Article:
Matthew Swindells, NHS England's National Director of Operations and Information, has been announced as the first Leading Practitioner to have their name added to the newly-established FEDIP Register.
The FEDIP (Federation for Informatics Professionals in Health and Social Care) brings together professional bodies and societies from across the informatics field, with the aim of supporting one another, and building shared professional standards to support health and care through the best use of information and technology.
In establishing the Register of certified professional informaticians, the goal is to build better health and care by bringing together and inspiring the professionals who can harness information and technology, and have the integrity to put people and their communities first.
The FEDIP Register is underpinned by rigorous professional standards, helping to reassure the public that registered individuals involved in supporting their care, through information and technology, are assessed as meeting a level of professional competence suitable for practicing in the sector.
FEDIP, as an idea, was conceived following discussions with some of the leading bodies in the sector, BCS, The Chartered Institute for IT, together with CILIP, IHRIM, Socitm and UKCHIP on how best to support informatics professionals in their journey to transform health and care services through the use of information and technology. Ultimately, it aims to create a robust and supported community who can ensure that patients receive the best possible care.
Matthew Swindells said: “I am honoured to be the first Leading Practitioner to join the FEDIP Register through BCS, The Chartered Institute for IT, which is a significant milestone in professionalising this important community.I hope that by joining the Register, I am making a statement as to the significant value that I, and senior management in the NHS, place on this initiative, and something which all of us within this professional community should seek to achieve.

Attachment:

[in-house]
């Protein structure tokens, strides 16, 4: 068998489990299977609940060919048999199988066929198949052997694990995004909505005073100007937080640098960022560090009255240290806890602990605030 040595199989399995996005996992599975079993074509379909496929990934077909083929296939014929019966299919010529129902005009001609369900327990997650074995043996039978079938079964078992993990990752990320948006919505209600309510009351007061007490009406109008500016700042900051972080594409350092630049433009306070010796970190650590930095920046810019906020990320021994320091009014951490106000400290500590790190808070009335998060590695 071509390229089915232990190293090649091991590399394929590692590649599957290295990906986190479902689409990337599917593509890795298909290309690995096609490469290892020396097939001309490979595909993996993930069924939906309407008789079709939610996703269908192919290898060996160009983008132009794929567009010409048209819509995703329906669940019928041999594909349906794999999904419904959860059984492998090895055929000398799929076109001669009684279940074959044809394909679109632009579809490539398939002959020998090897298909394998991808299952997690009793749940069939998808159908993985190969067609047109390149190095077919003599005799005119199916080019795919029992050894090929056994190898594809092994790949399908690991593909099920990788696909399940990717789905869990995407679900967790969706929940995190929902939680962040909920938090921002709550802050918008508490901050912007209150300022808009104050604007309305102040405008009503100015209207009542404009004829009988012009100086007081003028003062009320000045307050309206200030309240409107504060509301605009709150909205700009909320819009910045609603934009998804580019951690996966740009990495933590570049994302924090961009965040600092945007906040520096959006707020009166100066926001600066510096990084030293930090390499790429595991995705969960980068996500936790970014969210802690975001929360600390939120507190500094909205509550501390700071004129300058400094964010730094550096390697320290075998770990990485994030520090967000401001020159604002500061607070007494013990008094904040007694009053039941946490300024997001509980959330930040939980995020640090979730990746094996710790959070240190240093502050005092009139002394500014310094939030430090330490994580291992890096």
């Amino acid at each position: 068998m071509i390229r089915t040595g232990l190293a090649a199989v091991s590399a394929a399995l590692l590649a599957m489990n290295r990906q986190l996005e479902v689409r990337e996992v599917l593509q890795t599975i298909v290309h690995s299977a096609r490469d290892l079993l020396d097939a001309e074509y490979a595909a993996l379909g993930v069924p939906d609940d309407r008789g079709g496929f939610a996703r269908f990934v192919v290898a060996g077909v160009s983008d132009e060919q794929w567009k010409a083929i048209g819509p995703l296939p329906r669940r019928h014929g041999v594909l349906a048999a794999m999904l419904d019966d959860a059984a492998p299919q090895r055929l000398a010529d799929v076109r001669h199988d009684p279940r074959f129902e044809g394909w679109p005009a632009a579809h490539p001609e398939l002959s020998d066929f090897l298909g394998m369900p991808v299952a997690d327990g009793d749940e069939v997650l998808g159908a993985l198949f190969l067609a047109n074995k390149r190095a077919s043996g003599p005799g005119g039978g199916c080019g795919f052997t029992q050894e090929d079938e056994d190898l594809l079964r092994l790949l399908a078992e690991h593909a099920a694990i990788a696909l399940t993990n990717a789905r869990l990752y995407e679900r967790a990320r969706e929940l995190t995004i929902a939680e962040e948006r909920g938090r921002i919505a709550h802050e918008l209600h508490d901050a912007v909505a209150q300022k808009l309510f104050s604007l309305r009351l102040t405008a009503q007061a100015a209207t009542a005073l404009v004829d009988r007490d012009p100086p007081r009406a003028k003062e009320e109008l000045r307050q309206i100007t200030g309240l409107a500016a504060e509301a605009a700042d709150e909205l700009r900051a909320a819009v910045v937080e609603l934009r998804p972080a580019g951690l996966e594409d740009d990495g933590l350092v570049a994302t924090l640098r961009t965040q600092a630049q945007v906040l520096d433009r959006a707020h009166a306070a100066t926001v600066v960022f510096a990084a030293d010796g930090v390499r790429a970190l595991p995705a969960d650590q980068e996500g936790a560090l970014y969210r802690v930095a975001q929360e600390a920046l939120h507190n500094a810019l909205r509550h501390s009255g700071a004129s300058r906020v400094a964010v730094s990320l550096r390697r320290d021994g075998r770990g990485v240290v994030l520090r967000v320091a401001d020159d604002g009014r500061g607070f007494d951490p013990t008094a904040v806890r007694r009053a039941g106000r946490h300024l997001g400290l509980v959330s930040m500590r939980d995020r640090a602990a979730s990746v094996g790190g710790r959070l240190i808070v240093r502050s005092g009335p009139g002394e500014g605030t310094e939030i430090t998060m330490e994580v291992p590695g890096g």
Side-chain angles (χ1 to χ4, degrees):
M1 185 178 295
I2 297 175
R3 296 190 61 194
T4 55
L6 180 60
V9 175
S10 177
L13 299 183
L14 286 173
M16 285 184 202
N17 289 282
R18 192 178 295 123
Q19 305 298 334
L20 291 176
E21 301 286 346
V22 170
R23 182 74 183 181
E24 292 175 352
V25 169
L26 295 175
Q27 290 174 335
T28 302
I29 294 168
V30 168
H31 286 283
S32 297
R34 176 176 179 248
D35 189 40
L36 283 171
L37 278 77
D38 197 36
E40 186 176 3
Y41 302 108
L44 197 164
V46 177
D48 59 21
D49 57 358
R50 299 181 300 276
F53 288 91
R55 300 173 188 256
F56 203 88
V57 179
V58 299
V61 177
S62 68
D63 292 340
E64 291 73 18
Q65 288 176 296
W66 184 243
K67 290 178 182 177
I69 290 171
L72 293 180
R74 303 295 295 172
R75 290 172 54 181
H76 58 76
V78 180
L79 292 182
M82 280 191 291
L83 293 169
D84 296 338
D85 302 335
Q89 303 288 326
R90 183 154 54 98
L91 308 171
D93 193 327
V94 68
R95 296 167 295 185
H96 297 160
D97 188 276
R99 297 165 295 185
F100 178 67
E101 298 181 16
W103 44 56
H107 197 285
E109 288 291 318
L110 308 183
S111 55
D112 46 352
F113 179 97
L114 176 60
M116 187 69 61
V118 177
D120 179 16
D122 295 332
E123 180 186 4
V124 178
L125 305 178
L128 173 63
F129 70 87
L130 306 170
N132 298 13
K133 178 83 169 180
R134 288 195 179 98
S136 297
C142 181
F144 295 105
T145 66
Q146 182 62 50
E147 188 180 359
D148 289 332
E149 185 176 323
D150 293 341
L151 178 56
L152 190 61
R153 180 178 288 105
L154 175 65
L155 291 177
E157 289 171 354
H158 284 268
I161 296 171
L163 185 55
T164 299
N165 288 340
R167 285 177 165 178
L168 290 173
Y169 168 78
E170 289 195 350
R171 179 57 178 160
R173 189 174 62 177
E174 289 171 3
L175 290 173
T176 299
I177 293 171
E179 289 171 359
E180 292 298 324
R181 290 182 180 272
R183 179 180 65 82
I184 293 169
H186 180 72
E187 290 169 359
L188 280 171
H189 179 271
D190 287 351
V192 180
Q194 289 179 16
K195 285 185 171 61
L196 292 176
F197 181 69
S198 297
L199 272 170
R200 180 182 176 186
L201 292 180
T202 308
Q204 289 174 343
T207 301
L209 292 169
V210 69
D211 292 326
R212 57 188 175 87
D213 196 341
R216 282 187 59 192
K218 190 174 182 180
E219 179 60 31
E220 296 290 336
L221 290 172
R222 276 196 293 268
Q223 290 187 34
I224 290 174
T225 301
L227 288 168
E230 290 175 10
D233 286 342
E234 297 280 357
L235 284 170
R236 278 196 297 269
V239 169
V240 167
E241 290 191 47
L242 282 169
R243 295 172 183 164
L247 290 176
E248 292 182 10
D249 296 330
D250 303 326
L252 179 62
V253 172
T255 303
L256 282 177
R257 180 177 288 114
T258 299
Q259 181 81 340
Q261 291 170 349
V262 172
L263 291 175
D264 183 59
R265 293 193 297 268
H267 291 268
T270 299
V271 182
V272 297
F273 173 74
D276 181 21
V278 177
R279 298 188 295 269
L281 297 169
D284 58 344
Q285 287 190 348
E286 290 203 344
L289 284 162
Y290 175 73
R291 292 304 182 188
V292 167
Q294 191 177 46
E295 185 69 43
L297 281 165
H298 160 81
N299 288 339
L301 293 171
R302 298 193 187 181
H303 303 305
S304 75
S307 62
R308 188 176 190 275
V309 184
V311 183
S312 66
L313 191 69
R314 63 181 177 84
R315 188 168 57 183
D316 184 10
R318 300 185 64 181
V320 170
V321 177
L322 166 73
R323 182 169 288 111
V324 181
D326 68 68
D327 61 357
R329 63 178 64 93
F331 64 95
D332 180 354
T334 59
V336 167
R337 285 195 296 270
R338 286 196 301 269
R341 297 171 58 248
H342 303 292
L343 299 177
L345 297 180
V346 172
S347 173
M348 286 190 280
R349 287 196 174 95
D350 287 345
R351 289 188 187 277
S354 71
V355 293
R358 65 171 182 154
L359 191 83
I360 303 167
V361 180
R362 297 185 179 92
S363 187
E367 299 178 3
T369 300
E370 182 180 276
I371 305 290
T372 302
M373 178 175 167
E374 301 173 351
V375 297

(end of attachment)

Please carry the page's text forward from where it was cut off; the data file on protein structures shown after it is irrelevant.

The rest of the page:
Although I joined through BCS, it is the collaboration between the licensed professional bodies that delivers its true value. With the Register, it is crucial that we not only engage across the Health and Care Informatics community, but also across the wider information management and technology community if we are to deliver the ultimate aim of FEDIP, which is to support health and care through the best use of knowledge, information and technology. I urge others in our community to come forward and follow my lead.”
Commenting on the establishment of a professional register, Jeremy Barlow, Director of Standards at BCS, and FEDIP Management Board Chair said: “There is already an existing community of passionate, connected people working in this specialism, and who are at the heart of delivering on a joined-up system to benefit all. The establishment of this register will go a significant way in supporting the community in their skills and behaviours.”
Informatics professionals interested in joining the Register need to provide written evidence of their knowledge and competence, which is assessed against the professional competence and context criteria set out in the FEDIP standard.